The Trump administration assures us it is putting “safety first” during this COVID-19 epidemic. But in the background, Trump appointees have been doing quite the opposite with decision after decision after decision. This MATS reversal has the potential to do real damage. But if there is good news to be found in this story, it’s that it will take time to play out. One more reason to work hard to course correct in November.
Keep up with Energy Institute blogs, research, and events on Twitter @energyathaas
Press Release – Solano County Valero Flue Scrubber Report
Benicia, CA (April 1, 2019) – The City of Benicia has received an Incident Response Inspection Report from the Solano County Department of Resource Management related to the flue gas scrubber incident at Valero Benicia Refinery. A copy of the report is included with this press release.
On March 24, 2019 at approximately 7:00 a.m., the City of Benicia issued an advisory
notice for all residents with respiratory issues to stay inside due to particulate matter released by the Valero Benicia Refinery. The City actively monitored the air quality and incident response activities, and provided information to the public via media outlets including social media and Alert Solano.
Benicia Fire Department personnel continues to work closely with Solano County Environmental Health to monitor operations and potential impacts to the community.
State workplace regulators, the region’s local air quality district and Solano County health officials are trying to find out why a problem at Valero’s Benicia refinery suddenly worsened over the weekend, leading to a release of petroleum coke dust that prompted fire officials to urge those with respiratory problems to stay indoors.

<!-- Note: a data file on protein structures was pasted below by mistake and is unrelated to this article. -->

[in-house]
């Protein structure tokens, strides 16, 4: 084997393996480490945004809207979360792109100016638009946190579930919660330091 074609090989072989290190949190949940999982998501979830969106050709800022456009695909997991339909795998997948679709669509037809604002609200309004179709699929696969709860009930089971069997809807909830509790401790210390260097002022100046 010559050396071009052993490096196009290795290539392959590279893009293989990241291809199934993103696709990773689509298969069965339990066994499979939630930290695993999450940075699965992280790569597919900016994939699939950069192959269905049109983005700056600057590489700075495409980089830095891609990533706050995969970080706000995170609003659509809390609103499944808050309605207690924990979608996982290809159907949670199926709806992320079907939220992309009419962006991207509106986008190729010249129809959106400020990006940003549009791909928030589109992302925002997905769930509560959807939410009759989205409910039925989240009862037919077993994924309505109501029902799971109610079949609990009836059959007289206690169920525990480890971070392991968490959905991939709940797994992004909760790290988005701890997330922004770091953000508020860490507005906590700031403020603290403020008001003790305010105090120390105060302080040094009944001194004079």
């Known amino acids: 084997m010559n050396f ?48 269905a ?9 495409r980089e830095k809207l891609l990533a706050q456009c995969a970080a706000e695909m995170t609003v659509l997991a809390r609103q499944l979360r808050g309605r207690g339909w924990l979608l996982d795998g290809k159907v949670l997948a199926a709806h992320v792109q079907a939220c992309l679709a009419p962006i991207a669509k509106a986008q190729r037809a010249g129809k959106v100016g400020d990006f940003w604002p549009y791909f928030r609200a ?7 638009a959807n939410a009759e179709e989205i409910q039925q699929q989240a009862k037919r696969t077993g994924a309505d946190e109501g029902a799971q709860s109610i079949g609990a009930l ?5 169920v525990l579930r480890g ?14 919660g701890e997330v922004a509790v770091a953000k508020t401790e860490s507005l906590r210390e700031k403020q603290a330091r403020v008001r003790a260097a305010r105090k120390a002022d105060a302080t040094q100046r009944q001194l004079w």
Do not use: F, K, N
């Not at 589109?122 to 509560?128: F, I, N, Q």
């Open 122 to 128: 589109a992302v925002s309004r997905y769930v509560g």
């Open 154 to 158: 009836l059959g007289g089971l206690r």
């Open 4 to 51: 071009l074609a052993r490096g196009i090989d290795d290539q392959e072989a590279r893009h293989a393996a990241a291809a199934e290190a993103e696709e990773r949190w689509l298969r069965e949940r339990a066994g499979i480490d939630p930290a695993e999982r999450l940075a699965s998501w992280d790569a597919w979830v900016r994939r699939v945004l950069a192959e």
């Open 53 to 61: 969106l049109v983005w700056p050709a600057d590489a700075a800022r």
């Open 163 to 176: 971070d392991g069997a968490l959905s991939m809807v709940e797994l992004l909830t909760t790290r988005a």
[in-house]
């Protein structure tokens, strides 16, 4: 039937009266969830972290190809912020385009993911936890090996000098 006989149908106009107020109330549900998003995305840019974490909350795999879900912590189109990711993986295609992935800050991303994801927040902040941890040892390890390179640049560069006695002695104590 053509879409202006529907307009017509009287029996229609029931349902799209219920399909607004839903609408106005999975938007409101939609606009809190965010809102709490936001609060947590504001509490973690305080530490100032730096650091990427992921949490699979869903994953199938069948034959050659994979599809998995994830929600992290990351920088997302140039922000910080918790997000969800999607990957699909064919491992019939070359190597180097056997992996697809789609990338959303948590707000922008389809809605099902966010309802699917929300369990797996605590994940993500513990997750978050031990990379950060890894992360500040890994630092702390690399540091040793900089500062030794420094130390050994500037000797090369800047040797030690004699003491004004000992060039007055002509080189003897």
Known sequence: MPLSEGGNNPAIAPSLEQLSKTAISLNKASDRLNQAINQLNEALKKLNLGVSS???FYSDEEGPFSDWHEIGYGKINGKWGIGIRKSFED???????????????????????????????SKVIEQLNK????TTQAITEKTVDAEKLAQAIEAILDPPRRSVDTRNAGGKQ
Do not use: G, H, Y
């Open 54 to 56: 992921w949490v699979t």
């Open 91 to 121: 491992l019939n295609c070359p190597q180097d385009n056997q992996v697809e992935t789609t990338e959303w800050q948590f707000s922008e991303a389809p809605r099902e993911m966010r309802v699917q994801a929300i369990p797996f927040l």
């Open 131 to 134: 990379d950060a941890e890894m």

The incident led to a partial shutdown at the facility and represents the worst malfunction at the plant since a power outage caused a major pollution incident in 2017.
The releases of elevated levels of particulate matter led several residents to complain of breathing problems and prompted Benicia’s mayor to call on Valero to pay the city back for its work dealing with the emergency. The partial refinery shutdown is also expected to lead to a spike in higher gasoline prices throughout the state.
Mayor Elizabeth Patterson said she’s gotten a flood of phone calls and emails from residents wanting to know why it took so long for Valero to suspend refinery operations.
“There’s a lack of understanding about how coke particulates could be continuously emitted throughout a couple of weeks,” Patterson said. “There’s not a lot of information that’s readily available to the public.”
California’s Division of Occupational Safety and Health began a probe into Valero on Monday, the day after the company began the gradual shutdown of a significant portion of the refinery, according to agency spokesman Frank Polizzi.